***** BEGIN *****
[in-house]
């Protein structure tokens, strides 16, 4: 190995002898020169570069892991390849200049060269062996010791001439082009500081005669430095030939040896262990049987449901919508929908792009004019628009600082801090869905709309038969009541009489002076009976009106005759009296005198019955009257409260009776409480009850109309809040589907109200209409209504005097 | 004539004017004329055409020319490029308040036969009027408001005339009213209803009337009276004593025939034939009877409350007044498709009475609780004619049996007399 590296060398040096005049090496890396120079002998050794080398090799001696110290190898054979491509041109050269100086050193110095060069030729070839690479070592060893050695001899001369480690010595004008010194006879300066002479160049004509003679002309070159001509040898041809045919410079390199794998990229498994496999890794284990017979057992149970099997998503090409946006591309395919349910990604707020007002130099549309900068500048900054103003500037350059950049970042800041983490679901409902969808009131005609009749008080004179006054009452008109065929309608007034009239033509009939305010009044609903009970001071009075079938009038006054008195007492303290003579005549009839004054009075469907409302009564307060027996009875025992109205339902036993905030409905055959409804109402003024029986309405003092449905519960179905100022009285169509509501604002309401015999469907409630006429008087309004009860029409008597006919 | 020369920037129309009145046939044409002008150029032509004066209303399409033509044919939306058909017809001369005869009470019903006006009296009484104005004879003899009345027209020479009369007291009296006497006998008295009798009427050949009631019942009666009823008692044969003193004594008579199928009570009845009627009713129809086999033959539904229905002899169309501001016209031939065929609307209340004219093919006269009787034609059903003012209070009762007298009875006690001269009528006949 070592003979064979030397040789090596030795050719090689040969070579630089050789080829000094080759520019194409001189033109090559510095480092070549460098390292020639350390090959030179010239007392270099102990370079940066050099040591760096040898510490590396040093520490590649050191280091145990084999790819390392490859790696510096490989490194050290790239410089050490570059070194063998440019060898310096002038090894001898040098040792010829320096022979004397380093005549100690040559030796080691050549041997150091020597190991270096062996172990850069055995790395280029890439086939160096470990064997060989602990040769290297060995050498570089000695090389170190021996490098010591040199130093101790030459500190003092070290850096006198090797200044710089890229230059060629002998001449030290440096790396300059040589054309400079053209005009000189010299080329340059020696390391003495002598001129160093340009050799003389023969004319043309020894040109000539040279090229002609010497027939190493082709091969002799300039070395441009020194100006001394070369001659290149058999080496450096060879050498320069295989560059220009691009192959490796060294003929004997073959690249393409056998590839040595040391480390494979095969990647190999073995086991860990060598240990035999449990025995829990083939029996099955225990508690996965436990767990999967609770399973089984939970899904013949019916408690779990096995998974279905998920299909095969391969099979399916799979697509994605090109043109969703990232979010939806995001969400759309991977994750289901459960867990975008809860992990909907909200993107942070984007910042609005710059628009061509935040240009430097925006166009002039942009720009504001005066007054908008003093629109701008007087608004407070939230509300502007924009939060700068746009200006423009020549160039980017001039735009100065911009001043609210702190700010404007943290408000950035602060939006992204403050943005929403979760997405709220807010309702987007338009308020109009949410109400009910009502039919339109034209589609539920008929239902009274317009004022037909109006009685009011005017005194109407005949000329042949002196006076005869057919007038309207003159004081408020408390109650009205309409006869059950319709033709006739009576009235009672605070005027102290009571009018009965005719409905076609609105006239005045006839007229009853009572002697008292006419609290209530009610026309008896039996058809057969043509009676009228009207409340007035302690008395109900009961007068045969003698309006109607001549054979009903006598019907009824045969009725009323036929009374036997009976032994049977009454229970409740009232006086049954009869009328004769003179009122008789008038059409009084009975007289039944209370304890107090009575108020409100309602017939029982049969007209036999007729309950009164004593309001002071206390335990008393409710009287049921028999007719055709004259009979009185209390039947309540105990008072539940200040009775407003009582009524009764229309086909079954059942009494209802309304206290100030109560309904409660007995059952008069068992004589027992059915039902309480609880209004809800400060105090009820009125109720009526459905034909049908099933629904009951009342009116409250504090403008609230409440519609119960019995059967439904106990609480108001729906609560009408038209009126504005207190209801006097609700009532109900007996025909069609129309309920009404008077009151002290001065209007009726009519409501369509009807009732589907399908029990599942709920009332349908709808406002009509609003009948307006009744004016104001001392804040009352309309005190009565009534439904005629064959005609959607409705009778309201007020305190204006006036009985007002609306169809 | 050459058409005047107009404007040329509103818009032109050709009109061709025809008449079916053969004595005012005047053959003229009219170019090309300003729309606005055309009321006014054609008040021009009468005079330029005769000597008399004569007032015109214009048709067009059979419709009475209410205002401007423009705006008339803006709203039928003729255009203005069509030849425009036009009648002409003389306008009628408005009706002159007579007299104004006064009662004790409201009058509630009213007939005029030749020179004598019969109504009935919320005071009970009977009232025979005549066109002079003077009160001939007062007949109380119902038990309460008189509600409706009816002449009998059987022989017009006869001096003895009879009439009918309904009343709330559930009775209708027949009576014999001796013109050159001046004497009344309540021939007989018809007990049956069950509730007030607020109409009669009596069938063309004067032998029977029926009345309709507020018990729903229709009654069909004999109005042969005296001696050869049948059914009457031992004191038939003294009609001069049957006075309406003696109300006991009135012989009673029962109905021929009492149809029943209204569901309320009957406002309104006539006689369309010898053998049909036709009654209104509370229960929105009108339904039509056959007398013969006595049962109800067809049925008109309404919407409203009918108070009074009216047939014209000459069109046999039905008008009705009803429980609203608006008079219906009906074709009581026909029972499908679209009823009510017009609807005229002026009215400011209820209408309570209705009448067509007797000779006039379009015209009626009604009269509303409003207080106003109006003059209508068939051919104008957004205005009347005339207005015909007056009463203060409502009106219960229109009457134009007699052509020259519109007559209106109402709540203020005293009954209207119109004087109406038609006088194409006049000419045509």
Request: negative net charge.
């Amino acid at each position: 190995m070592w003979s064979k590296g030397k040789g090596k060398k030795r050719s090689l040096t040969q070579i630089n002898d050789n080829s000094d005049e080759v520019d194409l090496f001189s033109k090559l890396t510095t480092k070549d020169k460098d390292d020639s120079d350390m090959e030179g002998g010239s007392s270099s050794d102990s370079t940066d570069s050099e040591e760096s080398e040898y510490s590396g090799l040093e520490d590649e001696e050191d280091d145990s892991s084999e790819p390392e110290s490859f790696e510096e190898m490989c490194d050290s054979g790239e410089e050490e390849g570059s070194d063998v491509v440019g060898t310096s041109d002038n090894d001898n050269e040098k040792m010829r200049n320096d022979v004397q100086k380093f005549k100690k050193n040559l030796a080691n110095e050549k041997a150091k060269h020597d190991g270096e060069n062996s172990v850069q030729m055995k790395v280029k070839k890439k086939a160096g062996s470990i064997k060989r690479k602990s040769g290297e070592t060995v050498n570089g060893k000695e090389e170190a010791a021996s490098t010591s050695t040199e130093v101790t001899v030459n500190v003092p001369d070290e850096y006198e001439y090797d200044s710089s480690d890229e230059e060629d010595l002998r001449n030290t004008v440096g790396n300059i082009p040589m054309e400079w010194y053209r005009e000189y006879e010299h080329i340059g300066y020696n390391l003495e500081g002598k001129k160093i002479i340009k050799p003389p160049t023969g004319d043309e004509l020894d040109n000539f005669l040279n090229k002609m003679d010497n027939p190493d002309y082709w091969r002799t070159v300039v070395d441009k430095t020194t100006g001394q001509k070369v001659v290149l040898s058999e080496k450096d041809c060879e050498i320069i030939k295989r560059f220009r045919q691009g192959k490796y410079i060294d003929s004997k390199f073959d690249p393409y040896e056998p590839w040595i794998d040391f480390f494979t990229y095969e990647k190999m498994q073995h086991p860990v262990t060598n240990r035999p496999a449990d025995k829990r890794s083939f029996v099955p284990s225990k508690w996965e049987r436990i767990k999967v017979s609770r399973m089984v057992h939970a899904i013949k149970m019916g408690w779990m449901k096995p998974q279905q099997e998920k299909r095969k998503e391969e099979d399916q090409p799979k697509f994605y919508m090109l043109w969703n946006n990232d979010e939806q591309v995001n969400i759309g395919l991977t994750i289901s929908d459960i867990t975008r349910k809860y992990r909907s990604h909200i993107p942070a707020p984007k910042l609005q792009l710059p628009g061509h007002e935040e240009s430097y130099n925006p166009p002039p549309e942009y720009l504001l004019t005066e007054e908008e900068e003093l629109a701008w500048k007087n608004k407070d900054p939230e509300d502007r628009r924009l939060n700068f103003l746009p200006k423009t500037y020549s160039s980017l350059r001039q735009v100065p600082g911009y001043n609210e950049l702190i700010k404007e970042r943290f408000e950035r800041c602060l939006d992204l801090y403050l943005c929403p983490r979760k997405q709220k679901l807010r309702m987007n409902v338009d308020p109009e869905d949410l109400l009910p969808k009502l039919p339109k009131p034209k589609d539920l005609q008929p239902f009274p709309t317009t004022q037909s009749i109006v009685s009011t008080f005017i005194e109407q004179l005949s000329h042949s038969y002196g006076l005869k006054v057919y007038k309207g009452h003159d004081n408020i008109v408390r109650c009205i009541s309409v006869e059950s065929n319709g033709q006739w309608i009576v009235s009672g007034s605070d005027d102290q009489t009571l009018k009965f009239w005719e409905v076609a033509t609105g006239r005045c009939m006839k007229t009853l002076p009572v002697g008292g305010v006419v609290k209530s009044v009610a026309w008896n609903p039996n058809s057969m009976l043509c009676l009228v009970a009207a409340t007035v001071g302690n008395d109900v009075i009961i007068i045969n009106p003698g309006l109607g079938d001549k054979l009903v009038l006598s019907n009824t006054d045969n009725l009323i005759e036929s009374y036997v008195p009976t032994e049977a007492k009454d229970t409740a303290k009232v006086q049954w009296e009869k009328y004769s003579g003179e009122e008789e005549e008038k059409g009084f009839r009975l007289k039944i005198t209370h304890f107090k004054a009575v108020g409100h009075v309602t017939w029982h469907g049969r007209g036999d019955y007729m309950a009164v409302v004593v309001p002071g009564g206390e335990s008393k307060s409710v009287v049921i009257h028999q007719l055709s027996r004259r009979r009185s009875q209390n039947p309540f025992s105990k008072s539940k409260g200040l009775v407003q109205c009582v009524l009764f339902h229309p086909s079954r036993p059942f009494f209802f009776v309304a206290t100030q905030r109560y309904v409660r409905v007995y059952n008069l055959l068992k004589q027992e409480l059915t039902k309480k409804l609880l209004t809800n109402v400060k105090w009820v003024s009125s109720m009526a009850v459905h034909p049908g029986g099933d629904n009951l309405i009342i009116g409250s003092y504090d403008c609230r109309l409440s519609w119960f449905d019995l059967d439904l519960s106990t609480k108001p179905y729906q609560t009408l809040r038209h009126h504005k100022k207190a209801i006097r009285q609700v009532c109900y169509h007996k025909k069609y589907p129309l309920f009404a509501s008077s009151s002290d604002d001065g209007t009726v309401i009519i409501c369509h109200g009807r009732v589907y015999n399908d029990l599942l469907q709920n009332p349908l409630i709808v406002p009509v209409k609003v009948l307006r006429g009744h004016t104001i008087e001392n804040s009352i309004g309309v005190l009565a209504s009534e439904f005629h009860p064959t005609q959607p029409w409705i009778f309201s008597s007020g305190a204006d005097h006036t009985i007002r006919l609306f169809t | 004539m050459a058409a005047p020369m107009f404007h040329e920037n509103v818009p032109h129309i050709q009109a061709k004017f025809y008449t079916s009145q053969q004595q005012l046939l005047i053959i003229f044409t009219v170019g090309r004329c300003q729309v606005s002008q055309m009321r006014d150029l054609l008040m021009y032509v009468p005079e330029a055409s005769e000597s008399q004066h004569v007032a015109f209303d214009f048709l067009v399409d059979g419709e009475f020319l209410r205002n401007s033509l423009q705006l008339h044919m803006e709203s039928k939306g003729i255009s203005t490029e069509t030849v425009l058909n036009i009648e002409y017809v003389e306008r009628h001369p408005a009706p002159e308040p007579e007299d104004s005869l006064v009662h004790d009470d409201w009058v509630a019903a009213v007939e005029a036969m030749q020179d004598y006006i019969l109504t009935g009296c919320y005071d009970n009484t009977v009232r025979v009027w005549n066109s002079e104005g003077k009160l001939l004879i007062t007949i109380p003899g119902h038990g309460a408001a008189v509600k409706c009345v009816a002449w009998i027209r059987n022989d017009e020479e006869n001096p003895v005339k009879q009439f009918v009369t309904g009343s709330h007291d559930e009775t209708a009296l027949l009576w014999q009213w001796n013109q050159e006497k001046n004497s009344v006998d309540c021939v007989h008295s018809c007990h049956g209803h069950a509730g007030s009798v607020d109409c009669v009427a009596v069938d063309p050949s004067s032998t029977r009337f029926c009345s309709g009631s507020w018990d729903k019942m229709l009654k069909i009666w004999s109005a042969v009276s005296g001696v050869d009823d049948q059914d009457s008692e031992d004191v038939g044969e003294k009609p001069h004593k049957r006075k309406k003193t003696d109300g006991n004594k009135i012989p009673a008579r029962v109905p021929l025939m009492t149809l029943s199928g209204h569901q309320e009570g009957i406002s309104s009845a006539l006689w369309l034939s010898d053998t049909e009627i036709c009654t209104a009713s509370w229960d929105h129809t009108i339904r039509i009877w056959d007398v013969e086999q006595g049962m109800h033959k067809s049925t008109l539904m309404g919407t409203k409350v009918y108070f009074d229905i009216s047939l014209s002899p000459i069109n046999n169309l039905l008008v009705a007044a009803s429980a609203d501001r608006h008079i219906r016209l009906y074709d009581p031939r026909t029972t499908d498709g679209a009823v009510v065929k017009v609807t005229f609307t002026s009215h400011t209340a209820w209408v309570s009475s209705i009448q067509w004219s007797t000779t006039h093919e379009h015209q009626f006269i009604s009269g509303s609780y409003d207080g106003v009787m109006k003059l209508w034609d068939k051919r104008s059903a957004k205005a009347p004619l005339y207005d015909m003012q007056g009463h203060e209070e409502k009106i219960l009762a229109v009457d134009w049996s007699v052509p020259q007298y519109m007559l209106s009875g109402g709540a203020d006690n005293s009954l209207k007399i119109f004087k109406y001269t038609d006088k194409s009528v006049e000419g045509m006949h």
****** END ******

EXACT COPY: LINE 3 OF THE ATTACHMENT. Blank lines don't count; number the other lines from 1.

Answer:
Request: negative net charge.